How to address unfinished learning now that kids are back to school?

By: Jenny Manrique

The COVID pandemic has deepened education divides for children. Millions have fallen behind in reading and math levels. This learning loss, which experts suggest calling “unfinished learning”, have resulted in the disruption of in-person instruction.

Which programs and strategies will help kids bridge the education gap and get excited about learning again? Speakers convened by Ethnic Media Services said that connecting schoolwork with career pathways and bringing art and music education back to the classroom as well as strengthening the community school model, will inspire children to return to the classrooms.

Louis Freedberg, past executive director of EdSource and veteran education journalist:

“One of the things that happened in most states was more money for schools and for programs that could actually assist students and parents aim and get through the pandemic, but also to help schools work with kids more effectively… This crossed both Republicans and Democrats: the narrative was that schools were important, not just for learning, not just for the three R’s, the reading, writing, and arithmetic, but for a student’s physical and mental health.”

“The key here now is to focus on what can be done to engage students now that they are back to school: There’s something called Project Based Learning, it’s an approach in which students explore real world problems in individual and group projects.” i.e.: https://www.edutopia.org/

“Linked Learning is another way to link middle and high school students to career pathways… It’s a well thought out strategy having career technical education and courses, providing internships and support services in the schools like counseling and supplemental reading.”

“We have to bring other arts and music programs back into the schools. This used to be a key part of the school curriculum and unfortunately, it’s been eviscerated across the country. In California, there’s a big push right now to get an initiative on the ballot this November to invest a million dollars more into arts and education programs in the schools.”

Allison Socol, Assistant Director of P12 Policy of Ed Trust in Washington DC:

“Unfinished learning is what others often call learning loss or learning gaps. We use the phrase for two big reasons: The first is that it’s a more asset frame, that hopes signals that with resources and supports students can absolutely make progress. And the second reason is because we hope it shifts the focus away from blaming students and puts the responsibility on the system education leaders.”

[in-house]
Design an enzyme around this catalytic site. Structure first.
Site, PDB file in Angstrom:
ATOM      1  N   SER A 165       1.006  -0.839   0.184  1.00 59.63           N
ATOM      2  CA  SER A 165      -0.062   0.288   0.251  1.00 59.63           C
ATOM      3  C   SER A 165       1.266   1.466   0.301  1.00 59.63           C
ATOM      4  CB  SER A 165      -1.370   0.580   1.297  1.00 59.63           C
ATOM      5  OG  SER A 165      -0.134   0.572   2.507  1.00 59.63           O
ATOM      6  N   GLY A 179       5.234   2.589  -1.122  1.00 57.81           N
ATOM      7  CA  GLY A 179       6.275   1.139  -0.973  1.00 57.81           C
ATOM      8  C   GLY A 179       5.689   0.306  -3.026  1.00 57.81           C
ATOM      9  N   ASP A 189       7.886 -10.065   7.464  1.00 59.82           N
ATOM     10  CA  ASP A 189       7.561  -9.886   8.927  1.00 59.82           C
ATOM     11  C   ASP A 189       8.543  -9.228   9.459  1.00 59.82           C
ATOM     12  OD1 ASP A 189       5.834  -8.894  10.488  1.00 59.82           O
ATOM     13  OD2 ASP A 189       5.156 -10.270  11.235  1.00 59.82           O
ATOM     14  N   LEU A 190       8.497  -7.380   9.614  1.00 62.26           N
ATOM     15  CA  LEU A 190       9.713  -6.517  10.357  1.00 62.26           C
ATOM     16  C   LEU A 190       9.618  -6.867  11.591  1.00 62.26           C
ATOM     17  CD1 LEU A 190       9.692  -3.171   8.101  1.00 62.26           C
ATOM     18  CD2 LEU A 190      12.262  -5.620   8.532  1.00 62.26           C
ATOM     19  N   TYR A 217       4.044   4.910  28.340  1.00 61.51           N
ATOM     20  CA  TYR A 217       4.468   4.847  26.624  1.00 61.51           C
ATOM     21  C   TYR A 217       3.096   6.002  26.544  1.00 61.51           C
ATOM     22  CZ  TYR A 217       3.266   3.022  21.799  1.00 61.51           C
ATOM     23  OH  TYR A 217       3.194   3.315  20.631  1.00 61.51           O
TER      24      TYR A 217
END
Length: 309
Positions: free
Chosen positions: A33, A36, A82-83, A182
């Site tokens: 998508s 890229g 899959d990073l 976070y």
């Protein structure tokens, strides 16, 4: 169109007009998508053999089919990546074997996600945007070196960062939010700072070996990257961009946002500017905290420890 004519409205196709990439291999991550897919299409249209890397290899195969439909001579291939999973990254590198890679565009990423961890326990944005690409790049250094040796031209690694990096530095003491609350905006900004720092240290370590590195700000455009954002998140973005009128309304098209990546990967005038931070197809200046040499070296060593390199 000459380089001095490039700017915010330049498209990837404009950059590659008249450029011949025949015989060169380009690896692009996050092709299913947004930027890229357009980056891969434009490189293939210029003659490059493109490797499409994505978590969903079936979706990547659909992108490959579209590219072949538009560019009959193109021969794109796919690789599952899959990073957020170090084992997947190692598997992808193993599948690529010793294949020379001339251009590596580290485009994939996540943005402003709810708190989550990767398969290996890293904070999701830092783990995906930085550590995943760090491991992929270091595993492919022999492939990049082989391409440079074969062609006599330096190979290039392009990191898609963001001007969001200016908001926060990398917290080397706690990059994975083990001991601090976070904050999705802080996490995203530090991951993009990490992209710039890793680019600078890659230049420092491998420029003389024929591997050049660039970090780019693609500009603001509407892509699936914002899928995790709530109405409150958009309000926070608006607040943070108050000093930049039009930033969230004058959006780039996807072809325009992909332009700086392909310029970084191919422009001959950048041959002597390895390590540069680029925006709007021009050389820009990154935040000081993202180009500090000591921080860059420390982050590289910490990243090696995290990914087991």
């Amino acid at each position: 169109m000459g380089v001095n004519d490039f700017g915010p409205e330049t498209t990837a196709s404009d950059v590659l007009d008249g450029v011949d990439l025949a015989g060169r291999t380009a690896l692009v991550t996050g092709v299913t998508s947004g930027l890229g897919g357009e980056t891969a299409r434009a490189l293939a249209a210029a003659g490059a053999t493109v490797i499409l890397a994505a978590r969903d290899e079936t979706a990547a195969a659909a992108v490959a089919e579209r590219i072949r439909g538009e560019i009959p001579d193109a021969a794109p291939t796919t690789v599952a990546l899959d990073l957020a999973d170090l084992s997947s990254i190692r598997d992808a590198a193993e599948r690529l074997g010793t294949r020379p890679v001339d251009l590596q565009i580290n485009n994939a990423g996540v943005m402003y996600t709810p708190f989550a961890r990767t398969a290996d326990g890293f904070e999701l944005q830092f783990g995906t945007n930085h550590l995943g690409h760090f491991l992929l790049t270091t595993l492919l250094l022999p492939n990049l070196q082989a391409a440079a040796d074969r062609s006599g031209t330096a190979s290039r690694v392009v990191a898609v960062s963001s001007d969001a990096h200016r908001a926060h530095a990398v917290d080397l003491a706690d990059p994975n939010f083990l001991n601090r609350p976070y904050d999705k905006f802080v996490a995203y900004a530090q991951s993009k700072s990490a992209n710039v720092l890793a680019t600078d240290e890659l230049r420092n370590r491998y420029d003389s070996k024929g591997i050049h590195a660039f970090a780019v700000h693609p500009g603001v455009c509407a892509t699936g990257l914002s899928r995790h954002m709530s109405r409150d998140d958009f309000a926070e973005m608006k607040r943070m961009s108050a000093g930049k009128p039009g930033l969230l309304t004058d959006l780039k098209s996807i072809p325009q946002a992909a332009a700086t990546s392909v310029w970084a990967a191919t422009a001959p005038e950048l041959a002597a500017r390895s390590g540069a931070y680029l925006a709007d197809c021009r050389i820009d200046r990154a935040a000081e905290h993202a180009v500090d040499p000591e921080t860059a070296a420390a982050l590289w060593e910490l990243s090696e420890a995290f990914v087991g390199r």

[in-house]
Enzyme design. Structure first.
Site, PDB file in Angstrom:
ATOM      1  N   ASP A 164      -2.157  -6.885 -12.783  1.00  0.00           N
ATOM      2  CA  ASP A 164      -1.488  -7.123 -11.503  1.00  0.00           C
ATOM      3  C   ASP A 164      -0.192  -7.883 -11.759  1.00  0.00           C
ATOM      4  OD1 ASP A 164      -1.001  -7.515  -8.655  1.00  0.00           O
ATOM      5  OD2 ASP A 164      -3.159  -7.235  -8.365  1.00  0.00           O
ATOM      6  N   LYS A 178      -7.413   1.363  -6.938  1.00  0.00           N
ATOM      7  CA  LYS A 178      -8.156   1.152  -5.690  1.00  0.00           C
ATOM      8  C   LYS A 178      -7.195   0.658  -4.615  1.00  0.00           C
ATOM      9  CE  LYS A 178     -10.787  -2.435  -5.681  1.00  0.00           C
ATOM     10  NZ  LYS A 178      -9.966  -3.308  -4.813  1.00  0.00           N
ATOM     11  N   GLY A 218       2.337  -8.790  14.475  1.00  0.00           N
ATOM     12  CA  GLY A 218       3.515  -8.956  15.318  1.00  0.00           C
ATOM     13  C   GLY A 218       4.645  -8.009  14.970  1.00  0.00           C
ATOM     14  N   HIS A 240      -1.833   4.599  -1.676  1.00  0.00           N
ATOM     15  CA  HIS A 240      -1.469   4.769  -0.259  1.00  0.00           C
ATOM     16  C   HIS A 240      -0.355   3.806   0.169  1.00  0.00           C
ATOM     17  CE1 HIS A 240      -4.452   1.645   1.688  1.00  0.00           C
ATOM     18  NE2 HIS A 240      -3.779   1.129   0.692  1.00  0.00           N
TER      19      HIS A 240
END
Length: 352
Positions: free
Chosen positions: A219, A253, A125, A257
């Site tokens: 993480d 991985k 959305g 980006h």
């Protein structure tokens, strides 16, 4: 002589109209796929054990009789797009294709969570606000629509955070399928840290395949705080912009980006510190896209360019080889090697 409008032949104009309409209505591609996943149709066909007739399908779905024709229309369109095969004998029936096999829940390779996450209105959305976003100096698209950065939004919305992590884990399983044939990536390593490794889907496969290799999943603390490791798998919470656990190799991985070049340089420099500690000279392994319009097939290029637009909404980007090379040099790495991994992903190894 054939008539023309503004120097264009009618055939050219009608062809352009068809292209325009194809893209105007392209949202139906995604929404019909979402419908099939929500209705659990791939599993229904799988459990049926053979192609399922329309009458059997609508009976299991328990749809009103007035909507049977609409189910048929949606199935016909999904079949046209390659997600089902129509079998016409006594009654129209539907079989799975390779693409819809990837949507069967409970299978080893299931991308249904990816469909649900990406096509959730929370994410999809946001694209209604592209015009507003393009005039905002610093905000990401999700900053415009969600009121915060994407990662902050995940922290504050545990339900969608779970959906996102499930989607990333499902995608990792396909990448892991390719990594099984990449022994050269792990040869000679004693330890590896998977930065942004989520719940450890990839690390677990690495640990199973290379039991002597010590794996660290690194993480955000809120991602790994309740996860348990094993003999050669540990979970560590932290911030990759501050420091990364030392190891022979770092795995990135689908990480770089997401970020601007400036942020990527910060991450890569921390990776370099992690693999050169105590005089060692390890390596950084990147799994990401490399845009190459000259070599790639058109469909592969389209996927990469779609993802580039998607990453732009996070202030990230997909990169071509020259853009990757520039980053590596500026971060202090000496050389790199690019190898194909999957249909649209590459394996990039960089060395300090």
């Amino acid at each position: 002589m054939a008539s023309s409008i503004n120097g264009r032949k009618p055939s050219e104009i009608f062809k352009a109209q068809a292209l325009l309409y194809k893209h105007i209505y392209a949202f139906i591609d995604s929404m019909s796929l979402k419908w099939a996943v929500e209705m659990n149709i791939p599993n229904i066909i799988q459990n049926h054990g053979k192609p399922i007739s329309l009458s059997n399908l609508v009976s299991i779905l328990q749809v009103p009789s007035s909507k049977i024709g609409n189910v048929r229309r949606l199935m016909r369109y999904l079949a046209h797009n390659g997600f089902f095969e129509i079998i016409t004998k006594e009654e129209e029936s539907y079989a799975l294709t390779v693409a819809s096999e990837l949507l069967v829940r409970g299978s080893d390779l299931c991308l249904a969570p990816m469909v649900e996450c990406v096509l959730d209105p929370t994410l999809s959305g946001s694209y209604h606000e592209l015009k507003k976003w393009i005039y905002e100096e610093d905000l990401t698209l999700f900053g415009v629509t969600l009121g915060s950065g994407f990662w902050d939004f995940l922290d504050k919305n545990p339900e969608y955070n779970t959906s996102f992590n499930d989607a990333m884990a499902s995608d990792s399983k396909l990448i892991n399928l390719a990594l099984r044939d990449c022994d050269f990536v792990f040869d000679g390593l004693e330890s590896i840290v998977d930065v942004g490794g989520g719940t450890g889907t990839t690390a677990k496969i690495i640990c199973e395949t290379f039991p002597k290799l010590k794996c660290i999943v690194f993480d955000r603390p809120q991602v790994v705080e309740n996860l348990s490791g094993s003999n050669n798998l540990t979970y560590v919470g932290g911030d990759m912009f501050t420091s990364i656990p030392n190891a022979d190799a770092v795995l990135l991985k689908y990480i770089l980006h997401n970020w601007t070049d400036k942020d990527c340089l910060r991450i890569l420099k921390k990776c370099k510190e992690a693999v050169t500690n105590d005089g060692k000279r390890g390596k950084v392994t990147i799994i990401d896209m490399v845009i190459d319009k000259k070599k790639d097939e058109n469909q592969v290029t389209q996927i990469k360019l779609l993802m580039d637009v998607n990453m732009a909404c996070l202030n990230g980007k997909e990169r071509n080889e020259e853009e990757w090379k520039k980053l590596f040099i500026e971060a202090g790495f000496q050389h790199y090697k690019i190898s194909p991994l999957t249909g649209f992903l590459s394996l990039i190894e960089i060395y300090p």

“The strategies that are most effective for addressing students’ unfinished learning fit in three buckets: the first bucket is targeted intensive tutoring, which sometimes gets called high dosage tutoring. The second is expanded or extended learning times. And the third is the importance of strong relationships.”

The federal government has provided a lot of money to support districts and schools in meeting the increased academic, social and emotional needs of students. That total amount is $190 billion,the bulk of which came from the American rescue plan.”

Hayin Kimner, Managing Director for the Community Schools Learning Exchange, and a Senior Policy and Research Fellow for Policy Analysis for California Education:

“Community Schools are not referring to a program or a funding strategy. When we’re talking about communities, we’re talking about a whole school improvement strategy in which districts
and schools are working together with their community, teachers, students, families, staff, and
partnering with community agencies and local governments to align their resources behind
improving student outcomes.”

“During COVID, those schools and districts that had strong relationships with families were much quicker to pivot to respond to Distance Learning Technology gaps, and really think through the ways to meet students where they were.”

“All schools can be community schools. This is about reframing and putting forward the central importance of students and relationships as part of doing these programs and strategies. Without those trusting relationships in place, we will not get to where we need to be both in terms of pandemic recovery, as well as public education transformation.”

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